Is The City Being Served?

Guest Correspondence


In just three days will be the election for the City of Sarasota.  In what feels like an eternity, we will finally see who has risen above the mud and muck to claim the win for both city commission seats.  For those of you who have not cast your vote yet, I would like to ask you to consider a few things before you go into the voting booth.

Sarasota is caught in a “Jekyll and Hyde” identity crisis when it comes not only to how the world sees us but also how we see ourselves. We are seen as an affluent tourist town who can brag about our restaurants, theaters and beautiful beaches, but also a place that is indifferent to its working class, ignorant of its poor and angry towards its homeless. Divided between those who work for the benefit of the downtrodden versus those who fear that if we provide for the needs of the unfortunate we invite more to come, we find ourselves still trying to shake off being labeled as “The Meanest City.”

While it appears to be an equal divide among our people, it is wrong to assume that it is.  Far more people work to help the poor and homeless in this town than there are people who just want the problem to go away.  But we are not judged for the people doing the work; we are judged by what is reflected at City Hall. 

What the world sees is that in the past six years, City Hall has fought the issues of homelessness by removing park benches and picnic tables, making it illegal to panhandle, feed the poor in public, sleep on the streets or loiter too long in one place. We create barriers that force the homeless from one part of the city to another and offer them bus tickets to anywhere else but Sarasota. And the loudest message sent out is that we will not build a shelter to house the homeless. A public relations nightmare, but also the truth. No matter how many people we actually have in the community working to help the poor, our city commission defines who we are. We do have real problems and helping the homeless is not easy to do. But when you pull back and skim the horizon, you see why we deserve that label.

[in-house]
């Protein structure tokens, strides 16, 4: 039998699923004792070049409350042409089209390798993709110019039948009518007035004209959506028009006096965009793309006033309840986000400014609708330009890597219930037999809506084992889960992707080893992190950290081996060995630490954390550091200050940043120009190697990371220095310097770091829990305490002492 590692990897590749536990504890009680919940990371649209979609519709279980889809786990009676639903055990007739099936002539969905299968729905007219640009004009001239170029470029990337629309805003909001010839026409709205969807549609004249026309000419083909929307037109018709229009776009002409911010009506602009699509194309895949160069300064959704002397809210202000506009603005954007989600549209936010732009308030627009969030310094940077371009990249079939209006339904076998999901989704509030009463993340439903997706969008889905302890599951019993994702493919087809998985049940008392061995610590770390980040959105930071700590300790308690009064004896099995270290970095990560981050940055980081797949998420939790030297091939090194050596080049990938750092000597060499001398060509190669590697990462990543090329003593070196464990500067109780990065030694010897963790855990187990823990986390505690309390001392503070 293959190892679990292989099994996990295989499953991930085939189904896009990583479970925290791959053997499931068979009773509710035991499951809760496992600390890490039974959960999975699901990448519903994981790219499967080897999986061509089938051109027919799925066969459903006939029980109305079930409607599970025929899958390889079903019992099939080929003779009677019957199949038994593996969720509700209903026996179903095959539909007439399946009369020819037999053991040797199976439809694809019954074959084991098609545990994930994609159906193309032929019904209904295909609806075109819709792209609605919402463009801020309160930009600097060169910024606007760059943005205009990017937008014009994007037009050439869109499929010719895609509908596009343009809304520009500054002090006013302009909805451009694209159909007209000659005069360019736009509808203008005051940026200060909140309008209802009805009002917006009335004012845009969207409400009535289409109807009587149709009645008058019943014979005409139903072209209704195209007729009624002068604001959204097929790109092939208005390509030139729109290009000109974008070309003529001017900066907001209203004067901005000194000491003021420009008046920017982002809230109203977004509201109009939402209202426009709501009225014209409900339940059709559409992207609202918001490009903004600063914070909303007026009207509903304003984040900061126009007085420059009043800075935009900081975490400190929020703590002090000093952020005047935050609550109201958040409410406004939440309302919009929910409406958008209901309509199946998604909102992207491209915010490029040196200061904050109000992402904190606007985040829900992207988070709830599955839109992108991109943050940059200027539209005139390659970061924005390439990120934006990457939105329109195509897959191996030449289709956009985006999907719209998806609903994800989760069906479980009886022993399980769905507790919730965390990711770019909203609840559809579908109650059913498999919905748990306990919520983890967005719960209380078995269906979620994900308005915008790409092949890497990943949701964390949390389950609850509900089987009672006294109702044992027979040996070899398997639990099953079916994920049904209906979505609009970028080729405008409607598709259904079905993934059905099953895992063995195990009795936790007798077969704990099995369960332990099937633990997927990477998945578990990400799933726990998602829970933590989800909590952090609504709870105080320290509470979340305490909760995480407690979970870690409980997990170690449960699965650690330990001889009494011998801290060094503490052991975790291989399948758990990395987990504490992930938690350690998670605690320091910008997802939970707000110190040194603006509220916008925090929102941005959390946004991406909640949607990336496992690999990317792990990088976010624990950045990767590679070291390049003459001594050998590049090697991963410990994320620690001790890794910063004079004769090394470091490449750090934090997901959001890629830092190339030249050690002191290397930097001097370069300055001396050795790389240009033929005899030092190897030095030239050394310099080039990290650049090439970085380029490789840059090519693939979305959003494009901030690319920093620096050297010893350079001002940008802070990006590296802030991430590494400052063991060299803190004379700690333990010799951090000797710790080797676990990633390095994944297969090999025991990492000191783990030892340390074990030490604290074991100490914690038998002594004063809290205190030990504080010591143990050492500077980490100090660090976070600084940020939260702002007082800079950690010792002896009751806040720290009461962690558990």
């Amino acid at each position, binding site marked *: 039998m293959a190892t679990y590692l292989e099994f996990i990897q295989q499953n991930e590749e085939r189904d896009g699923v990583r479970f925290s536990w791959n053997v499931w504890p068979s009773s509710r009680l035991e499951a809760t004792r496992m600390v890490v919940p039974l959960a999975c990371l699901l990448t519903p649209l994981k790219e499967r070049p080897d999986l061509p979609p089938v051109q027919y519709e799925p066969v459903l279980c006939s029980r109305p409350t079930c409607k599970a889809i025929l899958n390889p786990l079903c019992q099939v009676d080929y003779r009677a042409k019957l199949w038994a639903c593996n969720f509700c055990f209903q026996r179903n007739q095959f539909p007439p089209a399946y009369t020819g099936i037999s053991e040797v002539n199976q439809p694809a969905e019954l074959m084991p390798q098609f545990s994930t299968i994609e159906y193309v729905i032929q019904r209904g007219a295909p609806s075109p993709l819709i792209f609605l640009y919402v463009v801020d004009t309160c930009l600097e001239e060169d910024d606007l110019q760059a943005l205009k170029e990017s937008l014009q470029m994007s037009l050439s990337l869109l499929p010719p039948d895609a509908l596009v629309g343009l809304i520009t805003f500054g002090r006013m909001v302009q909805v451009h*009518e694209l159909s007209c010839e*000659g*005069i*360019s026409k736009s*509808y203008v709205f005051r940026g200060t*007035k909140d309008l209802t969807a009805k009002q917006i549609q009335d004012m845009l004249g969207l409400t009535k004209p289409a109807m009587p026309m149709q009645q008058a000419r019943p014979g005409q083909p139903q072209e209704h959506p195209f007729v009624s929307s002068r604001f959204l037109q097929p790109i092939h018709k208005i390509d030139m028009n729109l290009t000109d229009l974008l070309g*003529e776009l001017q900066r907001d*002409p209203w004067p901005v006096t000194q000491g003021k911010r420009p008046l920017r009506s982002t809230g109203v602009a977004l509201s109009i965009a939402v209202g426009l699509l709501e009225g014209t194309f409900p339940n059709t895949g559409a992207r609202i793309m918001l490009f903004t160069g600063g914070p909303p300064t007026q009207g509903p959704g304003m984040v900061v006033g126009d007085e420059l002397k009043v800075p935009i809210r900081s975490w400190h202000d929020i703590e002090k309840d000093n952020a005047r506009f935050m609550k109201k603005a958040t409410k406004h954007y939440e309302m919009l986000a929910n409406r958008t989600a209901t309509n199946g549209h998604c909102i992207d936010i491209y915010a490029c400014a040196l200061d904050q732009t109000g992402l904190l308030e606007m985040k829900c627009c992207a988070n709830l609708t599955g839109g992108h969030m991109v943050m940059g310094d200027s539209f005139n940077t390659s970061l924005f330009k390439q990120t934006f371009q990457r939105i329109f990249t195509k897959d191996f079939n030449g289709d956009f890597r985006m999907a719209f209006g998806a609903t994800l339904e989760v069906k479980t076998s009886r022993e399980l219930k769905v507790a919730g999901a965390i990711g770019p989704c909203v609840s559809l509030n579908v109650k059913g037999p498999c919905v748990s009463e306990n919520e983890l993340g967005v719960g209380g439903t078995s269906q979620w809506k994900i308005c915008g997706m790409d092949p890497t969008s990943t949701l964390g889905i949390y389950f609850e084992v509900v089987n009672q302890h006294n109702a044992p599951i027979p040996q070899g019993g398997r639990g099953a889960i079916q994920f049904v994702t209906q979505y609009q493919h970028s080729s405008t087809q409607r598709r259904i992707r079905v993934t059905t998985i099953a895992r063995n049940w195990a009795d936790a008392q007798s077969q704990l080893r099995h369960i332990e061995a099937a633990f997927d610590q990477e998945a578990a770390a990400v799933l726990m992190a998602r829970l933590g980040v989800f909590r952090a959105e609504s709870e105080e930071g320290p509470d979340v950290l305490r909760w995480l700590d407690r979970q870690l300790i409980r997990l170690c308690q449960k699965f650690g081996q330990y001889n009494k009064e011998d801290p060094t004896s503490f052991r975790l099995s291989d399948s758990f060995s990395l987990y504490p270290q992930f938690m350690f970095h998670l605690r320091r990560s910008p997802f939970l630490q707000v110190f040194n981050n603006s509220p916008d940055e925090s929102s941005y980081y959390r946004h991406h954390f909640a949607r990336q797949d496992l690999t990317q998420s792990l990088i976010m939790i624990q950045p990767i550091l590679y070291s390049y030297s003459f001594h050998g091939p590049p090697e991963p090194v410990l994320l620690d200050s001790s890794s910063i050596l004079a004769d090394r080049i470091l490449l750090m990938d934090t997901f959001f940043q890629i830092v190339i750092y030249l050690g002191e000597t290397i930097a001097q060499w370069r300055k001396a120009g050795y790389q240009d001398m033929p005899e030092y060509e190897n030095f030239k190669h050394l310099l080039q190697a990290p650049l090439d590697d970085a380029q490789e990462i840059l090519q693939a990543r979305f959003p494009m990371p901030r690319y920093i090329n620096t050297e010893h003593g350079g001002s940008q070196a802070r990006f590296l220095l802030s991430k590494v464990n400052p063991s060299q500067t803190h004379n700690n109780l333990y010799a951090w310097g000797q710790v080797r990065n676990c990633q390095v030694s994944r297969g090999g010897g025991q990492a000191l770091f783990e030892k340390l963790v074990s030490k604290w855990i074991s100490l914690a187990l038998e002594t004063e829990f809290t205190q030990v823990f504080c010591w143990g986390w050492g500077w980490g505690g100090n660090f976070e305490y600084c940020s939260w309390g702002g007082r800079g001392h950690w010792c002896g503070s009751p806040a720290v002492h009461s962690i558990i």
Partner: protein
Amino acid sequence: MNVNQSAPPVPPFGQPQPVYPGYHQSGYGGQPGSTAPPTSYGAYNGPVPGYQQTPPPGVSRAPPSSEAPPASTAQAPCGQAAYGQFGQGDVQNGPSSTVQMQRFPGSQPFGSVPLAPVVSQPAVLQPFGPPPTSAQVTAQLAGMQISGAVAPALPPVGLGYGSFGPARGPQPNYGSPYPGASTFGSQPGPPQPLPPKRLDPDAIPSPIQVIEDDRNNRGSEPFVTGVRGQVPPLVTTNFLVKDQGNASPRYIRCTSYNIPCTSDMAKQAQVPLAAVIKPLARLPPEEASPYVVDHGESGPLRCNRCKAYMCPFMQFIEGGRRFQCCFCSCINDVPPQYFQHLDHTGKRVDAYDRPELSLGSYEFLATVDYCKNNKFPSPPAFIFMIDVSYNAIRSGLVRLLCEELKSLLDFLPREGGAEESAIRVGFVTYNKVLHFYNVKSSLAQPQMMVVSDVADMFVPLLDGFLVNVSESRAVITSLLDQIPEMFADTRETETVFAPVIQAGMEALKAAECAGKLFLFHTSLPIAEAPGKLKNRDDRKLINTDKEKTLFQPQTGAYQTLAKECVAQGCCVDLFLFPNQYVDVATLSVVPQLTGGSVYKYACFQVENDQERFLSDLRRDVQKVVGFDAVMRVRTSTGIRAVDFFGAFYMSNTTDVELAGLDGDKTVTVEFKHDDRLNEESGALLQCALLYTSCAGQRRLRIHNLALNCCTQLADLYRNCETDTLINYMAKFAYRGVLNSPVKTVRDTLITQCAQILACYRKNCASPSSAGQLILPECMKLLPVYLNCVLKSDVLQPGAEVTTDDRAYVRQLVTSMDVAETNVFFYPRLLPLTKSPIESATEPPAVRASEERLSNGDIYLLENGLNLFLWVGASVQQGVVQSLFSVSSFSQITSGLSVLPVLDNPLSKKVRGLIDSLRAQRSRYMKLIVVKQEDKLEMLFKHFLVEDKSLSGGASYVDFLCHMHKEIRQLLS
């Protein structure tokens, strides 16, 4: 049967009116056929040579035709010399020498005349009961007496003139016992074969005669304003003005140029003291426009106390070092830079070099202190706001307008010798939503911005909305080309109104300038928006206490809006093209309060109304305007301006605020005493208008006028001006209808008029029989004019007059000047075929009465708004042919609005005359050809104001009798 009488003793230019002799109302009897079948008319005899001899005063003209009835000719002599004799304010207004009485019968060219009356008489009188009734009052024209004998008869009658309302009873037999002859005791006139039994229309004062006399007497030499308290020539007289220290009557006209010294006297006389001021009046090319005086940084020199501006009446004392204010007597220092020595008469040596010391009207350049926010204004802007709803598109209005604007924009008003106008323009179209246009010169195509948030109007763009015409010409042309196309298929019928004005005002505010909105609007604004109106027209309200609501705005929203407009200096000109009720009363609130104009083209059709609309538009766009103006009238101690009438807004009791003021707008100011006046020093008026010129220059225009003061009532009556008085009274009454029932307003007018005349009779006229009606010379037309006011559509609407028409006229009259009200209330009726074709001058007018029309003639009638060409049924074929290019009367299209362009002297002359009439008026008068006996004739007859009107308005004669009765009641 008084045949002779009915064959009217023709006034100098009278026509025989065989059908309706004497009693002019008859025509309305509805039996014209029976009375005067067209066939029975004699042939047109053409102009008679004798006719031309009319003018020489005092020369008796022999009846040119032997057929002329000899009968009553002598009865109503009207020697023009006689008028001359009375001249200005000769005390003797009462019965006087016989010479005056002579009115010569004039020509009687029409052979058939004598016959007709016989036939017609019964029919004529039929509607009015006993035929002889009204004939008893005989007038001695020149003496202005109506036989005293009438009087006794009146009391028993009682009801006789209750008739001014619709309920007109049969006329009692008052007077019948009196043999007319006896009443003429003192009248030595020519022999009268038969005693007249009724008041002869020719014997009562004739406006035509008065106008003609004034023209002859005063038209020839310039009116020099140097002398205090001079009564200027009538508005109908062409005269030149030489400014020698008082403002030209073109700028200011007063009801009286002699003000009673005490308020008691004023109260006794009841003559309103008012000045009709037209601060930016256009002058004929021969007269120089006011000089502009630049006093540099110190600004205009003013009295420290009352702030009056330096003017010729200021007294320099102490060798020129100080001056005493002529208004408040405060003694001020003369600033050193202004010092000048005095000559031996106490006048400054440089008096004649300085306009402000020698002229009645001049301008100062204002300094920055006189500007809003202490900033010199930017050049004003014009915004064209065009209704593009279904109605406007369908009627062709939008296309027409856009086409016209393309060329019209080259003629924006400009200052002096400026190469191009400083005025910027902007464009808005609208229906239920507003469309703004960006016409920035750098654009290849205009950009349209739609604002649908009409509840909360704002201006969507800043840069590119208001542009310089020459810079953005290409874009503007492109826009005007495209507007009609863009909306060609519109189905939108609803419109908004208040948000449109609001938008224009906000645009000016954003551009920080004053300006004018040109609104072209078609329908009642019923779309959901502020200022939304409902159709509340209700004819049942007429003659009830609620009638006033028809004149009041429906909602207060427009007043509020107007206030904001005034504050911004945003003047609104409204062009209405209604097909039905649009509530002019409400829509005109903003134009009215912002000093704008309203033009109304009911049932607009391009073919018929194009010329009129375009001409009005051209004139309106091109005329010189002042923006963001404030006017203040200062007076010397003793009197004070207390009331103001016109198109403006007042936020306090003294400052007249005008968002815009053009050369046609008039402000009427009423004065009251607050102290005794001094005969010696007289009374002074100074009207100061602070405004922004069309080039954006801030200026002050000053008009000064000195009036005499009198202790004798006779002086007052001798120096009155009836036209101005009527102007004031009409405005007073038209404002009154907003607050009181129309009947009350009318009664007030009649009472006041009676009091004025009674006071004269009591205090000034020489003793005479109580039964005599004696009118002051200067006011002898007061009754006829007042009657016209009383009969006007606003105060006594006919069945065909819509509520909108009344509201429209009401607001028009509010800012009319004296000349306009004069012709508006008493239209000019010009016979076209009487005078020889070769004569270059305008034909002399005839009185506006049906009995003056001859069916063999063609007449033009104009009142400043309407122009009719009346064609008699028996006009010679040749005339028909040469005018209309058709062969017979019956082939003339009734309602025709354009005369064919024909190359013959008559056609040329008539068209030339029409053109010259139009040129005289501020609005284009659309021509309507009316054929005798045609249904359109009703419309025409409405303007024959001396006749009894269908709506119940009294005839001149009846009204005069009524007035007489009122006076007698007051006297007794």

In addition, we have done even worse in preventing more people from becoming homeless. With no opportunity to affordably live in this city, workers at minimum wage are forced to live elsewhere. They clog the roads with long drives as we force them to spend hours in their cars and large portions of their small paychecks to have the opportunity to feed their family and put a roof over their head. City Hall allows our unforgiving codes to prevent investors to provide housing that would let our service industry live within reasonable distance of their place of work. They lack the vision of infill by not changing the codes that allow blighted commercial districts to become new neighborhoods with multipurpose dwellings. Yet they complain about endless traffic and pat themselves on the back for being a commission of neighborhoods.

When you go to the polls Tuesday, consider this: Good governance is equitable and inclusive. All groups, particularly the most vulnerable, should have opportunities to participate in a process not limited to those who can afford the time to show up at City Hall. For government is not the gathering of resumes and the process is actually having equal opportunity to call Sarasota your home. 

SRQ Daily Columnist Susan Nilon is the president of Florida Talk Radio and owner of WSRQ Radio. She hosts The Nilon Report on WSRQ Sarasota 1220AM/106.9FM weekdays 4pm-6pm. Email her at

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